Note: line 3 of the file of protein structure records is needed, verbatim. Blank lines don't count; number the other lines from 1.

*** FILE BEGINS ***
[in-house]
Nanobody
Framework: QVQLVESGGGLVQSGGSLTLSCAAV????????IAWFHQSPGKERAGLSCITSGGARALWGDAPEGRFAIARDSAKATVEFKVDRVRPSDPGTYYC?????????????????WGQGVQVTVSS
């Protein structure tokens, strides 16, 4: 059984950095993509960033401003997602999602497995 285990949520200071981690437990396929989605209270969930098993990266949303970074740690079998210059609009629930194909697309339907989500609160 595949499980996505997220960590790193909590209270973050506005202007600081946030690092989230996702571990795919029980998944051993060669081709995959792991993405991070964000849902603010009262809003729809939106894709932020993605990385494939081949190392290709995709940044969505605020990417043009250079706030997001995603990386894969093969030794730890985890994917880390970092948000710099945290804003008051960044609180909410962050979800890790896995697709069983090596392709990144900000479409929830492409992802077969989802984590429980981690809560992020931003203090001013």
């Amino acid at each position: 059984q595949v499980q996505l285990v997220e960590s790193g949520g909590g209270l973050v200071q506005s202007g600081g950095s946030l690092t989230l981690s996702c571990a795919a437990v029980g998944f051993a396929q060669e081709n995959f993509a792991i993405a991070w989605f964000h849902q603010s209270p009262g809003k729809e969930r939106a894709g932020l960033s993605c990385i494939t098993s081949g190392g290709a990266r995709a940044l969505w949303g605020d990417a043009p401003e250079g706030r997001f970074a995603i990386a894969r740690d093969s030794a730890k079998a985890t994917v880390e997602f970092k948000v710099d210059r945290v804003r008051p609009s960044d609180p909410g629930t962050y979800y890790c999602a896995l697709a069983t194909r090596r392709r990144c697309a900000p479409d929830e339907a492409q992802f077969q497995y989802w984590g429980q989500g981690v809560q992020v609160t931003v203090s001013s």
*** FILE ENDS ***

Framework: QVQLVESGGGLVQSGGSLTLSCAAV????????IAWFHQSPGKERAGLSCITSGGARALWGDAPEGRFAIARDSAKATVEFKVDRVRPSDPGTYYC?????????????????WGQGVQVTVSS